The current Prescription Drug Marketing Act of 1987 (PDMA) does prevent Americans from receiving counterfeit or expired drugs. However, the PDMA only put in place an initial framework of conditions, requiring that all medicines sold in the country must be marked with an ID number that shows dosage and name. This requirement is essentially useless, because it says nothing about the drug’s pedigree - who or which distributor sold the drug and to whom, where it went or how long it took to get there. Due to the inadequacy of the PDMA, many states had to adopt stricter drug tracking laws. In 2004, the California State Legislature passed SB-1307, referred to as the ‘California e-Pedigree Law’, as an attempt to prevent counterfeit medicines from entering the supply chain in California. The law requires the distribution history and the location of every medicine pack in the supply chain to be determinable in real time through a barcode or RFID chip. This chain-of-custody would trace information including the drug’s description, place of origin and expiration, as well as each sale or trade along with the dates of the transactions, and the names and addresses of all parties involved. While many other states have passed their own drug pedigree laws, only California’s law is enacted at the unit-level. However, incessant pressure from industry, the California Board of Pharmacy, the regulator tapped for enforcing SB-1307, delayed implementation three times, citing that the law was overly burdensome and that the industry needed more time to comply. SB-1307 is expected to go into effect in 2015, escalating fears in the industry that other states will adopt similarly strict drug tracking laws. This may lead to a disparate patchwork of requirements with no uniformity across state lines. However, California’s e-Pedigree law does include a provision allowing it to be superseded by federal law – opening the door for lobbying groups to push alternative approaches. One coalition, the Pharmaceutical Distribution Security Alliance or PDSA, is promoting a counterproposal to the ‘track-and-trace’ language at the unit-level that the FDA wants included in the PDUFA legislation. The group is promoting the Pharmaceutical Traceability Enhancement Code (RxTEC) Act, legislation which would give the federal government the power to track drugs in “lots” only when they reach distributors. However, this proposal is inherently flawed, because it does not include real-time, mandatory drug verification as the product moves through every step in the supply chain. Only unit-level tracking would provide the necessary granularity allowing regulatory and enforcement bodies to validate the serial numbers of suspect drugs, trace them back to their source of origin, and prevent patient exposure in the first place.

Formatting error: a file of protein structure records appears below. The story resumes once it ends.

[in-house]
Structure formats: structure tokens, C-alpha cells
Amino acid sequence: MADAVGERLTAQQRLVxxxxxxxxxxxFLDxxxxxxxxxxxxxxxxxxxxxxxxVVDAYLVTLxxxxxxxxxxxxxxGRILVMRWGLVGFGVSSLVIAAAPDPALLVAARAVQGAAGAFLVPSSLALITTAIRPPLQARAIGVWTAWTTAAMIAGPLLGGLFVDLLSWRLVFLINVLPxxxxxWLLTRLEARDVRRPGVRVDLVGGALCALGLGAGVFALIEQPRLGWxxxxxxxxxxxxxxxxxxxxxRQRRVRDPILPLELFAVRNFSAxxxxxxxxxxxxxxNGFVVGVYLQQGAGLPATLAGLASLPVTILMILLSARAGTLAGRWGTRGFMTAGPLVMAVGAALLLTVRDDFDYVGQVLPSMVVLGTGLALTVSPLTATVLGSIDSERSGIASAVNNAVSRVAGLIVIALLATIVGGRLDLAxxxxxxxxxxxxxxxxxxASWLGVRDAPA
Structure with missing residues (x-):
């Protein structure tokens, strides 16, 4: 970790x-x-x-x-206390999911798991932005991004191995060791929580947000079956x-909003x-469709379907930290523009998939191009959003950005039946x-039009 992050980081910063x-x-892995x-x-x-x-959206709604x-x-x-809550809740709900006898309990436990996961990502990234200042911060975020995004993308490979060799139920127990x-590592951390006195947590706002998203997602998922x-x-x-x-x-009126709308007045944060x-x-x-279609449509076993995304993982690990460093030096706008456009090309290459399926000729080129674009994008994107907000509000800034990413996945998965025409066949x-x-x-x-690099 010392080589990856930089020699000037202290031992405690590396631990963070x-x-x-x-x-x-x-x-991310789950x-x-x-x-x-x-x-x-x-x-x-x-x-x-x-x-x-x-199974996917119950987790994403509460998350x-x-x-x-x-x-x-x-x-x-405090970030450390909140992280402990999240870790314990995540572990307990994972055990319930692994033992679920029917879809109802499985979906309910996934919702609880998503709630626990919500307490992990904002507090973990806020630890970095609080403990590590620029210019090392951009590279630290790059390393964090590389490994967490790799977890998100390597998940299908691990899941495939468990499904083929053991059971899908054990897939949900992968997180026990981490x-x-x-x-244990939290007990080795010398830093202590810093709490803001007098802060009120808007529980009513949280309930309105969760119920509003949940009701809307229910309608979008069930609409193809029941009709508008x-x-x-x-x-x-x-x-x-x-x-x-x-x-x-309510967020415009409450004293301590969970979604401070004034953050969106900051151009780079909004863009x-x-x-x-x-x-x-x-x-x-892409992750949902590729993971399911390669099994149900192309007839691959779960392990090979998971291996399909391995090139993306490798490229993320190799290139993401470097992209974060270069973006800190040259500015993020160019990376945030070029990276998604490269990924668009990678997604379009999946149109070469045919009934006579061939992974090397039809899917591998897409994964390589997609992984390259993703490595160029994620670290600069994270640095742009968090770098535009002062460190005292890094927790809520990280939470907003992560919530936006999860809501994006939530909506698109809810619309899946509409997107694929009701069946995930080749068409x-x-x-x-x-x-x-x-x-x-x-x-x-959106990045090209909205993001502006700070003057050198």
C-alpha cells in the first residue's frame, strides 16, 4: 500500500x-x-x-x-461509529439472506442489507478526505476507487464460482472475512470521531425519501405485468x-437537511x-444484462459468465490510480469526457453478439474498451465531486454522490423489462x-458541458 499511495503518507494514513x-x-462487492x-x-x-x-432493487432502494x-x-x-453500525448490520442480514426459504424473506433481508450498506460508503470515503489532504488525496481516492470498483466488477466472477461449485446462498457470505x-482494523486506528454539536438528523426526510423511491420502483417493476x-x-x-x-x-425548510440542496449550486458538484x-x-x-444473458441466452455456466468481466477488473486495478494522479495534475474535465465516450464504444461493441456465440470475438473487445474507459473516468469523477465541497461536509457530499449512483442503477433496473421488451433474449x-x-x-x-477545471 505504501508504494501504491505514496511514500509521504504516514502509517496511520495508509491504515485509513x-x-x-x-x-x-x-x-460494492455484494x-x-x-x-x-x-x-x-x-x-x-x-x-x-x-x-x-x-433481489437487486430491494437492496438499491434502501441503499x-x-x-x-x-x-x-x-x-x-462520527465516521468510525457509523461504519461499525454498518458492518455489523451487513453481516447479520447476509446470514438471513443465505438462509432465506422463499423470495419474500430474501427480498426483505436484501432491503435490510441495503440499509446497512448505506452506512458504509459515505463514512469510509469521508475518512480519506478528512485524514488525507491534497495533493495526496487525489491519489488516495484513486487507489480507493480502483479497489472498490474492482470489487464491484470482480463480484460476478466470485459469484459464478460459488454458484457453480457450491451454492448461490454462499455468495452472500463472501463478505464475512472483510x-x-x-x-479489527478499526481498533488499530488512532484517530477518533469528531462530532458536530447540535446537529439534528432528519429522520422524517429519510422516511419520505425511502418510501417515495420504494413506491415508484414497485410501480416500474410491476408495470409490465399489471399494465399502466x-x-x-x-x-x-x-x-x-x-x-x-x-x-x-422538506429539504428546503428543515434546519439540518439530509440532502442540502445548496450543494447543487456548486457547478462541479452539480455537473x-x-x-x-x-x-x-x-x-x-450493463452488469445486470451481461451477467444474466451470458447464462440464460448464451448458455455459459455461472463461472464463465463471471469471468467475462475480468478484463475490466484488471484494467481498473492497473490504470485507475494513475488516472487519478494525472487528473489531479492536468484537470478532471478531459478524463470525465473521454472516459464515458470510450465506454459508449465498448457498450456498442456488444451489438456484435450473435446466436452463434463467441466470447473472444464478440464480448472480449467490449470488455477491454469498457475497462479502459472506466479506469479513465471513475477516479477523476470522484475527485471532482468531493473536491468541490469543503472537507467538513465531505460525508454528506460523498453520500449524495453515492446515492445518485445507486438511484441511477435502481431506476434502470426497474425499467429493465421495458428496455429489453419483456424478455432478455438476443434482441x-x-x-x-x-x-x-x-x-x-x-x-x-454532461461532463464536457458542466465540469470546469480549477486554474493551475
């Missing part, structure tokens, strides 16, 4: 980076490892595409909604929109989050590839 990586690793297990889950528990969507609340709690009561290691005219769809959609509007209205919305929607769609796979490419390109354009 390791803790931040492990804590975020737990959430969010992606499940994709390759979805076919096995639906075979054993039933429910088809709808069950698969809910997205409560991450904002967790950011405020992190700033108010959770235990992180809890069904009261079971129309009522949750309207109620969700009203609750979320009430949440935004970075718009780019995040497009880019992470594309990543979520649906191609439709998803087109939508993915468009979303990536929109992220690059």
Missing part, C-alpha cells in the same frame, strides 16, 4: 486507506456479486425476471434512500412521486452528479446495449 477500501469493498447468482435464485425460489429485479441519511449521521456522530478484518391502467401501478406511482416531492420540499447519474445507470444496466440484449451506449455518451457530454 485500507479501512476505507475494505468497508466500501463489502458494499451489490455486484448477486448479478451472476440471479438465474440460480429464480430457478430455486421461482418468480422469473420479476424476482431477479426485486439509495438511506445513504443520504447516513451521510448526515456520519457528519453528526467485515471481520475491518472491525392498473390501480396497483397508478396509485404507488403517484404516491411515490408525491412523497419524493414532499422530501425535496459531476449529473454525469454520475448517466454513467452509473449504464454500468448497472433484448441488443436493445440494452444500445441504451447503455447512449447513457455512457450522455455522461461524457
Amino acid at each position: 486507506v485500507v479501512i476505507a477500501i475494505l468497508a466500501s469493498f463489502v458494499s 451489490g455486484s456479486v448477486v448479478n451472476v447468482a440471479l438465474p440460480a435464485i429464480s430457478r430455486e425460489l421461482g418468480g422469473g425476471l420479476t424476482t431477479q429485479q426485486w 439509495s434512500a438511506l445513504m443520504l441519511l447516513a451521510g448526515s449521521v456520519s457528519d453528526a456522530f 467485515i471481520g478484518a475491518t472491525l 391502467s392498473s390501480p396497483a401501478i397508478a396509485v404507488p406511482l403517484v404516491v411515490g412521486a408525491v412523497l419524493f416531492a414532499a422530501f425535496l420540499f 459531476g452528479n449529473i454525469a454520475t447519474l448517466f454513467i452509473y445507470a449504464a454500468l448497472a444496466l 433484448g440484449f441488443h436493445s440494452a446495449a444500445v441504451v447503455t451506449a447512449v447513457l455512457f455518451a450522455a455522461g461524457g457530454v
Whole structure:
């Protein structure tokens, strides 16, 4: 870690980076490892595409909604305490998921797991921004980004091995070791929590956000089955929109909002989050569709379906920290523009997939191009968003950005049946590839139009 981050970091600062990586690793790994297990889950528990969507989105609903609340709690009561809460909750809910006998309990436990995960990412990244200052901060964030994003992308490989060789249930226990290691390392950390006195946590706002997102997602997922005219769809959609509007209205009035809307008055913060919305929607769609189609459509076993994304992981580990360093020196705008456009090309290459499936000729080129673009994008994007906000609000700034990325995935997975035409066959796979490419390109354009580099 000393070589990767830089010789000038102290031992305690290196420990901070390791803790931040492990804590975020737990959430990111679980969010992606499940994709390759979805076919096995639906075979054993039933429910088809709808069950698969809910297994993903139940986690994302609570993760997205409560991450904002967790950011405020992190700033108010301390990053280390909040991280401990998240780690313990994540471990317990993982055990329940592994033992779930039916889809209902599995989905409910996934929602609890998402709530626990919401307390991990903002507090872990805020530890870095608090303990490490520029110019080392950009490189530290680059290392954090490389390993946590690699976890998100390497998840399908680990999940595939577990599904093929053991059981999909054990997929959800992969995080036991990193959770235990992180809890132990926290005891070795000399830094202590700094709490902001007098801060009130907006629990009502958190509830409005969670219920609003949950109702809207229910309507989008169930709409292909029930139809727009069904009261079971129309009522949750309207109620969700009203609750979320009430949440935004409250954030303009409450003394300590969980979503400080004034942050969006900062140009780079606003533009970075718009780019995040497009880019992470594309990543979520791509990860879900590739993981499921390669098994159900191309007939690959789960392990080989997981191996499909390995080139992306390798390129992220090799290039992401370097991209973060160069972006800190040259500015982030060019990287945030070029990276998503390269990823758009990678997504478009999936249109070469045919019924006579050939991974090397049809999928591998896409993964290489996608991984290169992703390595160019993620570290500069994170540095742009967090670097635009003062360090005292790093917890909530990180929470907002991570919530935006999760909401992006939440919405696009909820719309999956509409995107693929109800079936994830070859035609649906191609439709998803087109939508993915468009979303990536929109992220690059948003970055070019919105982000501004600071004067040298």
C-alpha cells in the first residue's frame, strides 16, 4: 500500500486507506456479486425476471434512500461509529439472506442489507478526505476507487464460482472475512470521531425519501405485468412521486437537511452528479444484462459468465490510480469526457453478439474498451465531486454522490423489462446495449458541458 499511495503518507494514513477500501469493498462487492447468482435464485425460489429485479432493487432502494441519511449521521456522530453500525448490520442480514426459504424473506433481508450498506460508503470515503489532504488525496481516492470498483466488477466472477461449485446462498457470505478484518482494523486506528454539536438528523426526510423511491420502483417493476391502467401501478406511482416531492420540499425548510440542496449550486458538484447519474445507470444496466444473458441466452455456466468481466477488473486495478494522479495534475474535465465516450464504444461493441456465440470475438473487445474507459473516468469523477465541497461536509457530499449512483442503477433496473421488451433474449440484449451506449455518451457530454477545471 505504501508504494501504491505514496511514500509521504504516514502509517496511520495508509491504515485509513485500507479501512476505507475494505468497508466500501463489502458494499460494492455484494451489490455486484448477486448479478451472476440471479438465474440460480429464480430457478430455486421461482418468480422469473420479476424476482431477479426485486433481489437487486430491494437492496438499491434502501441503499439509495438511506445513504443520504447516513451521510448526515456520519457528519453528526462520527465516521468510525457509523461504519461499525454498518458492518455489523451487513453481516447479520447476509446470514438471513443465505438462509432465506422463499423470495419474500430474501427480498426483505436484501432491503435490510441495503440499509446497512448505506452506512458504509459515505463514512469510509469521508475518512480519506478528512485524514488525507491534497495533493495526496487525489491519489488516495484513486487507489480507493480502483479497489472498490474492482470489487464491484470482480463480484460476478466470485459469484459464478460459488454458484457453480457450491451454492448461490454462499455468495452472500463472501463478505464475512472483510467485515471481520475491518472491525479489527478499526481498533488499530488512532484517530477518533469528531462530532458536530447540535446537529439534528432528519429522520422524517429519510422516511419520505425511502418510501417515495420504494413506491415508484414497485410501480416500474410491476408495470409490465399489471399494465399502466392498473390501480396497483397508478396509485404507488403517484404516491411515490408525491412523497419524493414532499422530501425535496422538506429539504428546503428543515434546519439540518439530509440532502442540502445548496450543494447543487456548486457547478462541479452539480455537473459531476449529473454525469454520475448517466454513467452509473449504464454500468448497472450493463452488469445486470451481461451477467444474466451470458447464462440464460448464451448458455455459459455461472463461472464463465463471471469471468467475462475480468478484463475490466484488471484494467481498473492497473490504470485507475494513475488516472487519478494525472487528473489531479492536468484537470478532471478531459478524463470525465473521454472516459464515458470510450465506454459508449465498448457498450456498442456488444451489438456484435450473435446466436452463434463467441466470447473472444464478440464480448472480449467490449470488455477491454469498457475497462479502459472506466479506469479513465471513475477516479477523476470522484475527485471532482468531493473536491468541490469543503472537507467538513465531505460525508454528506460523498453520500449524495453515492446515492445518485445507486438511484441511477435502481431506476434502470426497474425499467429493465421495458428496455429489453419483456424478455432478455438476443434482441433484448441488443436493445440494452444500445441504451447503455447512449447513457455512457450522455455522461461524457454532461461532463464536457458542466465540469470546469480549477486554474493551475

Time is running out for the government to pass unit-level traceability of the nation’s drug supply. It remains unsure that a unit-level system would effectively prevent all counterfeit drugs from entering the US market. Indeed, such a system would not prevent doctors and patients who wanted to buy drugs from unlicensed distributors outside the legal supply chain or from online pharmacies. Moreover, RFID and barcoding can be circumvented – the retail industry has been using RFID tags for decades, yet counterfeit apparel still remains rampant. However, the adoption of a unit-level system would have, at the very least, sounded the alarm much earlier when a licensed distributor in the US tried to scan a drug from an unknown supplier in the Middle East. The PDSA contends that RxTEC is a tenable, interim position that would improve the traceability of drugs without being too costly to implement. But, the RxTEC proposal has a provisional compliance date of 2020, a longer timeline which might not sit well with US lawmakers in light of the counterfeit Avastin reaching patients in recent weeks.

*Fake Avastin Reignites “Track-and-Trace” Debate, but the Clock is Ticking

This expert insight was written by GlobalData analyst for healthcare industry dynamics, Adam M. Dion. If you would like an analyst comment or to arrange an interview, please contact us on the details below.